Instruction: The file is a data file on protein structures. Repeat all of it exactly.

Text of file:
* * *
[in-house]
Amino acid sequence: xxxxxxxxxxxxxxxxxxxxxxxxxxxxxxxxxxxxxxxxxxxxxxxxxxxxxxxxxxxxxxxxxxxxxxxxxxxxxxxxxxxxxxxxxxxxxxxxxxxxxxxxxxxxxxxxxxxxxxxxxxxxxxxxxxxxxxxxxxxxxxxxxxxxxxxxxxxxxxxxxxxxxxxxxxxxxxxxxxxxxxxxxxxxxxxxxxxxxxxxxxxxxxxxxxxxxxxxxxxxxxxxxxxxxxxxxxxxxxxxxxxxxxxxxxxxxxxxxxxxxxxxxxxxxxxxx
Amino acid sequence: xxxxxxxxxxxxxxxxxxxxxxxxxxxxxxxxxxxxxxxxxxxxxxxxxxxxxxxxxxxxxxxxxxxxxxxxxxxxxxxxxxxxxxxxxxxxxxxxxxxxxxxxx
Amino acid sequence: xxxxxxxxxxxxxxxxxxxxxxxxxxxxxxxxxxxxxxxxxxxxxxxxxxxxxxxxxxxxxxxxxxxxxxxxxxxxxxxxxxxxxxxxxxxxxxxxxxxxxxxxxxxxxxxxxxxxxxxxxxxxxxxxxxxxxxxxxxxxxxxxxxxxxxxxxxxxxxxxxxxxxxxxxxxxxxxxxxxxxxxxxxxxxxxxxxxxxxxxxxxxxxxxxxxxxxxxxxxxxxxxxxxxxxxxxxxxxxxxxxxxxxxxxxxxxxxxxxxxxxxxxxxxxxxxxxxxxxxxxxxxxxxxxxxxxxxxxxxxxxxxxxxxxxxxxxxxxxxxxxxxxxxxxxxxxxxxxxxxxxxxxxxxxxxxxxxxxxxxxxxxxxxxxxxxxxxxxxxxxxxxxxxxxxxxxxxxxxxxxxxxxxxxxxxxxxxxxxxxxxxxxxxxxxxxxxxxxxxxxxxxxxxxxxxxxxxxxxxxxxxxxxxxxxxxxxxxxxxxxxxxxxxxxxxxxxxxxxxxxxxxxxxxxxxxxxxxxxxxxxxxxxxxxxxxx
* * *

[in-house]
Amino acid sequence: xxxxxxxxxxxxxxxxxxxxxxxxxxxxxxxxxxxxxxxxxxxxxxxxxxxxxxxxxxxxxxxxxxxxxxxxxxxxxxxxxxxxxxxxxxxxxxxxxxxxxxxxxxxxxxxxxxxxxxxxxxxxxxxxxxxxxxxxxxxxxxxxxxxxxxxxxxxxxxxxxxxxxxxxxxxxxxxxxxxxxxxxxxxxxxxxxxxxxxxxxxxxxxxxxxxxxxxxxxxxxxxxxxxxxxxxxxxxxxxxxxxxxxxxxxxxxxxxxxxxxxxxxxxxxxxxx
Amino acid sequence: xxxxxxxxxxxxxxxxxxxxxxxxxxxxxxxxxxxxxxxxxxxxxxxxxxxxxxxxxxxxxxxxxxxxxxxxxxxxxxxxxxxxxxxxxxxxxxxxxxxxxxxxx
Amino acid sequence: xxxxxxxxxxxxxxxxxxxxxxxxxxxxxxxxxxxxxxxxxxxxxxxxxxxxxxxxxxxxxxxxxxxxxxxxxxxxxxxxxxxxxxxxxxxxxxxxxxxxxxxxxxxxxxxxxxxxxxxxxxxxxxxxxxxxxxxxxxxxxxxxxxxxxxxxxxxxxxxxxxxxxxxxxxxxxxxxxxxxxxxxxxxxxxxxxxxxxxxxxxxxxxxxxxxxxxxxxxxxxxxxxxxxxxxxxxxxxxxxxxxxxxxxxxxxxxxxxxxxxxxxxxxxxxxxxxxxxxxxxxxxxxxxxxxxxxxxxxxxxxxxxxxxxxxxxxxxxxxxxxxxxxxxxxxxxxxxxxxxxxxxxxxxxxxxxxxxxxxxxxxxxxxxxxxxxxxxxxxxxxxxxxxxxxxxxxxxxxxxxxxxxxxxxxxxxxxxxxxxxxxxxxxxxxxxxxxxxxxxxxxxxxxxxxxxxxxxxxxxxxxxxxxxxxxxxxxxxxxxxxxxxxxxxxxxxxxxxxxxxxxxxxxxxxxxxxxxxxxxxxxxxxxxxxxxx